People coming back from risk zones can get tested immediately at the airport. It's also possible to be tested by a doctor in general practice. All tests for people who enter the country are free of charge.
Tests are also free for people with symptoms, people who were in contact with infected people or people who live in regions with a risky number of new infections (at least 50 cases per 100.000 inhabitants over 7 days).
In Italy, whoever comes from abroad, has the right to a free RT-PCR test.
RT-PCRs are currently mandatory for people coming from Spain, Croatia, Malta, Greece and the Italian island of Sardinia. However, protocols vary depending on the region. Tuscany, for example, tests anyone coming in from another region.
For Italian residents, on a general basis: RT-PCR and antibody tests are done when a doctor or health department prescribes them. RT-PCR tests are usually free, however, some regions charge patients if they do not hold a medical prescription; others only reimburse patients if the result is positive. The cost of the RT-PCR test varies and can reach up to a hundred euros. Serology tests are about 25-55 euros.
The Italian approach for testing is not centralised, and the regions have not been unanimous with their test-access strategy, nor with their rules to allow voluntary testing. In Emilia-Romagna, for example, tests are only available with a prescription from a general practitioner. But in Piedmont and Lombardy, it is possible to get a test voluntarily, just out of curiosity. Still, both regions explicitly advise against it.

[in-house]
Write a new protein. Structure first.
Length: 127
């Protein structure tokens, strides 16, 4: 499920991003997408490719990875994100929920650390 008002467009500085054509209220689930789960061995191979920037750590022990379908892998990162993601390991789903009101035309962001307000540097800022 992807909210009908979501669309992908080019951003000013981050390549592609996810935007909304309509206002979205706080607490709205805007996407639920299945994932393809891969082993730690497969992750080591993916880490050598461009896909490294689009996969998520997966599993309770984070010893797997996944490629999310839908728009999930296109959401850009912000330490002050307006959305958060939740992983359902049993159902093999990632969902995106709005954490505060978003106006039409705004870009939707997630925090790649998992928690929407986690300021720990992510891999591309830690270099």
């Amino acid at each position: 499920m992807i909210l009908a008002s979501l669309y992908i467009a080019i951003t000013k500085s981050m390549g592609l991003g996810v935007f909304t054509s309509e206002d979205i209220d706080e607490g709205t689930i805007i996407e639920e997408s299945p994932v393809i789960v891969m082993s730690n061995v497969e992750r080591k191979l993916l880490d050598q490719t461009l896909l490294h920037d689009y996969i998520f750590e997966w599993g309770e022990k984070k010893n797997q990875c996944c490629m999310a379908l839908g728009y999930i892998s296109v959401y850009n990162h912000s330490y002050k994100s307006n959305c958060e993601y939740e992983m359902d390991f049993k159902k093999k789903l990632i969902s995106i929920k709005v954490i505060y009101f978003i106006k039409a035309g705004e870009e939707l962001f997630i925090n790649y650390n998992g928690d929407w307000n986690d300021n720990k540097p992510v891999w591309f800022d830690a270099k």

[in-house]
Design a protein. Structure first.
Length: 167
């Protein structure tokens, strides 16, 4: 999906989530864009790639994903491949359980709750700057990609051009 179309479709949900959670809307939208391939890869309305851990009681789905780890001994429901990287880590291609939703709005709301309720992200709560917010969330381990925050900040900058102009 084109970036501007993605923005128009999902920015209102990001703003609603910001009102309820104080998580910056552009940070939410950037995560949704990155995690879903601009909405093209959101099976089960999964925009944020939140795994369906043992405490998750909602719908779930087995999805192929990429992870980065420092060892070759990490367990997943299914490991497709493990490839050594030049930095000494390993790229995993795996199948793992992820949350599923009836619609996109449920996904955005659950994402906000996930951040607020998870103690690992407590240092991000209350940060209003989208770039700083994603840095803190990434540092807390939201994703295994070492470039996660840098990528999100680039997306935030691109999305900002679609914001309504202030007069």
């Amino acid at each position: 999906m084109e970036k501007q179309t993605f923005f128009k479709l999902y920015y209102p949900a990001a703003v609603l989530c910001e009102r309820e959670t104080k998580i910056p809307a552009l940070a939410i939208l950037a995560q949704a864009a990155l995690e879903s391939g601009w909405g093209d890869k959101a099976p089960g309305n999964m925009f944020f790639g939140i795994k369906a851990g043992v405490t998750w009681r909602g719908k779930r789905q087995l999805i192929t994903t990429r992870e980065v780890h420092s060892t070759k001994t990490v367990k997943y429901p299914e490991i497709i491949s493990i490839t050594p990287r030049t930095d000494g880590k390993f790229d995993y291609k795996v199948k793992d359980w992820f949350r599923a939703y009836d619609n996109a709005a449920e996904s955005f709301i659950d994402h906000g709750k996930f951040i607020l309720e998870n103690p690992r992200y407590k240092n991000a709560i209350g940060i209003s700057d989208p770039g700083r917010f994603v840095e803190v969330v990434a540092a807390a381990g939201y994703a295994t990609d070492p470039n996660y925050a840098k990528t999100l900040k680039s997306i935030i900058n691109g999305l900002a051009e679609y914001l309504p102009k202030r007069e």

The Hungarian public health system provides free tests for those who have apparent COVID-19 symptoms, and for those who have been in contact with a known case. However, those with only mild symptoms do not usually qualify for a free test and can opt for a paid one at a private clinic.
Several sources have also reported that although free tests should be granted to those who have been in contact with a confirmed COVID-19 case, authorities do not always comply, and often suggest a 14-day quarantine instead.
Essential workers and people who need to be admitted to hospital are required to submit a test, which is sponsored by the state. Those coming from abroad can choose to either quarantine for 14 days, or take 2 tests with a 48-hour difference at their own expense.
Tests at a laboratory or at a private clinic cost between 90-100 euros.
Russia has been conducting mass RT-PCR-testing since the beginning of the pandemic. The chief state sanitary doctor Anna Popova said in June that around 8-10 million PRC-tests for COVID-19 are done monthly. Over 38.9 million tests have been done so far. In May, Moscow announced free mass antibody testing.
Free RT-PCR tests are also available at public hospitals if you have Moscow-based health insurance.
Paid tests are also available at private laboratories, prices are relatively low.
The European Commission proposed on 13 May a phased and coordinated approach for restoring freedom of movement within the EU. The testing protocol was a core part of the strategy.
‘Re-open EU’ gives information on borders, travel restrictions and general public health matters. It provides real-time information on all the mandatory safety measures, such as where and when a negative COVID-19 test proof is needed.